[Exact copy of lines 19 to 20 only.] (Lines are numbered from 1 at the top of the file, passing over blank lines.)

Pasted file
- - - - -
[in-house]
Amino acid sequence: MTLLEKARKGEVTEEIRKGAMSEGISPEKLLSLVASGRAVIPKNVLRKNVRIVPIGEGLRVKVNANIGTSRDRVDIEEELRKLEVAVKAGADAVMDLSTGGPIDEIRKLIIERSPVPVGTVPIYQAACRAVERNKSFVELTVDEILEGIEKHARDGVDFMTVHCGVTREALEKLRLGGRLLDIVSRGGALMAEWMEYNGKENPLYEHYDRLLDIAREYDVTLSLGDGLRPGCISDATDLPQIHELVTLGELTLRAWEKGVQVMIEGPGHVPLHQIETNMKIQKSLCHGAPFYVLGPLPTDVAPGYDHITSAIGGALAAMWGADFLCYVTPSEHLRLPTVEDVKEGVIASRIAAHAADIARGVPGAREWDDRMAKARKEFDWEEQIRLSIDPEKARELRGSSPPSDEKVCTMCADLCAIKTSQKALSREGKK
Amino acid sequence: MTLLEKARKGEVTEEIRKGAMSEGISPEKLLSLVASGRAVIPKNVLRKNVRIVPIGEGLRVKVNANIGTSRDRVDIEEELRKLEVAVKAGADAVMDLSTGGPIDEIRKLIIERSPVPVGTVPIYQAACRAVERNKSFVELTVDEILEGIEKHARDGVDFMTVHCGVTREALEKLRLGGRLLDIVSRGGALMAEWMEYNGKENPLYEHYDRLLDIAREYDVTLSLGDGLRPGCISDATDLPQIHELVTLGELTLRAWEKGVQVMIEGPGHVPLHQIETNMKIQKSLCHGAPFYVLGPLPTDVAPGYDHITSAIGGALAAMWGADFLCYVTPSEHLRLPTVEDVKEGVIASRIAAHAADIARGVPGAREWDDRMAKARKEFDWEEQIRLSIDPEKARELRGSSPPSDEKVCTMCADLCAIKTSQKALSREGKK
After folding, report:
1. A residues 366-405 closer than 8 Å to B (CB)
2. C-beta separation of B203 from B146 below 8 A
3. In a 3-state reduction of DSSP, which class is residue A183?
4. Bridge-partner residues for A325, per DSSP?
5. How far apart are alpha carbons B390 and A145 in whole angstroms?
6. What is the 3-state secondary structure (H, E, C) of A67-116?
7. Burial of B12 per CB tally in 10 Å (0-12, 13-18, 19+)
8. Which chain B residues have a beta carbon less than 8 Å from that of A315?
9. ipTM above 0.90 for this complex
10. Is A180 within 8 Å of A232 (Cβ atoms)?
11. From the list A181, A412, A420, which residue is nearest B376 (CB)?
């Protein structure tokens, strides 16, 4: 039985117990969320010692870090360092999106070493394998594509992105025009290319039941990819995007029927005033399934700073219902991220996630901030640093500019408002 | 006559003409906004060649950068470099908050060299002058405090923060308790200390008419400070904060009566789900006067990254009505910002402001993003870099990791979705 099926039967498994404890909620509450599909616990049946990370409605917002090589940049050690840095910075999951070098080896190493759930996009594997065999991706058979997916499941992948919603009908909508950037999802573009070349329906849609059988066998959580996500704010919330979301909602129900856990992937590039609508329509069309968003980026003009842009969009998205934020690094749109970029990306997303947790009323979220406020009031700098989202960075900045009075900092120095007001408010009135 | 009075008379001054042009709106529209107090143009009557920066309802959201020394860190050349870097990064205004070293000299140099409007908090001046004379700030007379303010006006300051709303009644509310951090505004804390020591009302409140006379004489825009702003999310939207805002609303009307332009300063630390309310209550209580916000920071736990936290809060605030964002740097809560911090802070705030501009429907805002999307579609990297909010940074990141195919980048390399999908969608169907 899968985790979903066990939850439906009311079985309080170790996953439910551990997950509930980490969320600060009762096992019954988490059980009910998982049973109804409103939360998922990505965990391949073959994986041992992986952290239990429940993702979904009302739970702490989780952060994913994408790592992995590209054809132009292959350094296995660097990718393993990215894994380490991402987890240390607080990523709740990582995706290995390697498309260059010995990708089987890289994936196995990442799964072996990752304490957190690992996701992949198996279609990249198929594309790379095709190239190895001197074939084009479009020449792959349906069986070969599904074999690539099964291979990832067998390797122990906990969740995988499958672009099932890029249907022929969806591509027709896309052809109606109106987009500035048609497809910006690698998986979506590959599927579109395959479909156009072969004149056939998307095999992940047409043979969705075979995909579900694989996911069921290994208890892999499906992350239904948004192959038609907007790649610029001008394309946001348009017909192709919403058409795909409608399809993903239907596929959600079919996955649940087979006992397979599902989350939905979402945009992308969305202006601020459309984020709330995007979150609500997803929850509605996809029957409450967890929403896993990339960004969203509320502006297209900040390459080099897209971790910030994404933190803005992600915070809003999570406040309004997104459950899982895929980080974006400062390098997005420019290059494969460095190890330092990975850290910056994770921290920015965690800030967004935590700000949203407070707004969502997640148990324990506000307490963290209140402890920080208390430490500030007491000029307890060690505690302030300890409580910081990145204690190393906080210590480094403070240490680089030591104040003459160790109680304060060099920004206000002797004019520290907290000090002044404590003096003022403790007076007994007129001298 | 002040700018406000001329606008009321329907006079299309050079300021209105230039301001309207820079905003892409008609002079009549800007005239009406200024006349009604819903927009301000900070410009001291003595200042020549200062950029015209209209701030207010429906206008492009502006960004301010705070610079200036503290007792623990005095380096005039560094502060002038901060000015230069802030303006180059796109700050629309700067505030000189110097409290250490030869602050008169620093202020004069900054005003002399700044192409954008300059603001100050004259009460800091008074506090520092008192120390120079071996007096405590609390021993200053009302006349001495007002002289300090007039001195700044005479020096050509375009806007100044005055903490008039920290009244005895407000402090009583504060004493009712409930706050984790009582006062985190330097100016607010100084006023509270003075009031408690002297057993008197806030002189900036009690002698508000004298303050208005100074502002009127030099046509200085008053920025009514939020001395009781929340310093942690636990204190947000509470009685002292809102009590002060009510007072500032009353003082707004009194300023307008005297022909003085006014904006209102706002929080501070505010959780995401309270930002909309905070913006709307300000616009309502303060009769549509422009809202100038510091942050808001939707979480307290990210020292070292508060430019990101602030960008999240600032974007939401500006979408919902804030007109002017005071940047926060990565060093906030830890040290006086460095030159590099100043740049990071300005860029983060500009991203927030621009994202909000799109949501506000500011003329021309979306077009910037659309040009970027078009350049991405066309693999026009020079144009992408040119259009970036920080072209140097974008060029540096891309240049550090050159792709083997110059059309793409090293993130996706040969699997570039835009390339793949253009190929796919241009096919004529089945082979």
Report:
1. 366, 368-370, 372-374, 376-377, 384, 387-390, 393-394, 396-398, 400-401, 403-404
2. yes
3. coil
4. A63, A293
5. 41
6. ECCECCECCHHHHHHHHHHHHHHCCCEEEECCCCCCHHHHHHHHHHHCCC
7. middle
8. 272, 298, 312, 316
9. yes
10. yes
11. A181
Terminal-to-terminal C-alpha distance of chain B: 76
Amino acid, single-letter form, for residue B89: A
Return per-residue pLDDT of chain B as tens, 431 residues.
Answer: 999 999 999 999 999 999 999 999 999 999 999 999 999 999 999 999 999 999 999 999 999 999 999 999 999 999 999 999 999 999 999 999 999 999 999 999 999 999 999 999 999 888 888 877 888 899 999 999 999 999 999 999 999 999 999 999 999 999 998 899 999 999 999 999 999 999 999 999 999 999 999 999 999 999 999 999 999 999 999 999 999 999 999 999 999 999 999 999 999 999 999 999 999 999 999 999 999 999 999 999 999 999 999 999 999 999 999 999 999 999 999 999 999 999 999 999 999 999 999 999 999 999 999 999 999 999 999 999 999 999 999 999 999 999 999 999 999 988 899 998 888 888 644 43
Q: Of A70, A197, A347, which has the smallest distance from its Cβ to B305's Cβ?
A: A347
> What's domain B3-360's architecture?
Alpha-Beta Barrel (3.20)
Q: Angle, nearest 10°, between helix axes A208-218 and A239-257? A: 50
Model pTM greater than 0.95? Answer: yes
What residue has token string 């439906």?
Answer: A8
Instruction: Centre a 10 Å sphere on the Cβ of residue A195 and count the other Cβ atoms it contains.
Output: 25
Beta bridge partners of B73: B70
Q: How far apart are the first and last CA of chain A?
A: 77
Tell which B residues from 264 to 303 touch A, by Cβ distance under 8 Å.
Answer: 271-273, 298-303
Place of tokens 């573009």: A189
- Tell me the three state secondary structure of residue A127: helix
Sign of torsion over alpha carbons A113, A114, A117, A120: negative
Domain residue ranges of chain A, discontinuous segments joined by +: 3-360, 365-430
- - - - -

2. yes
3. coil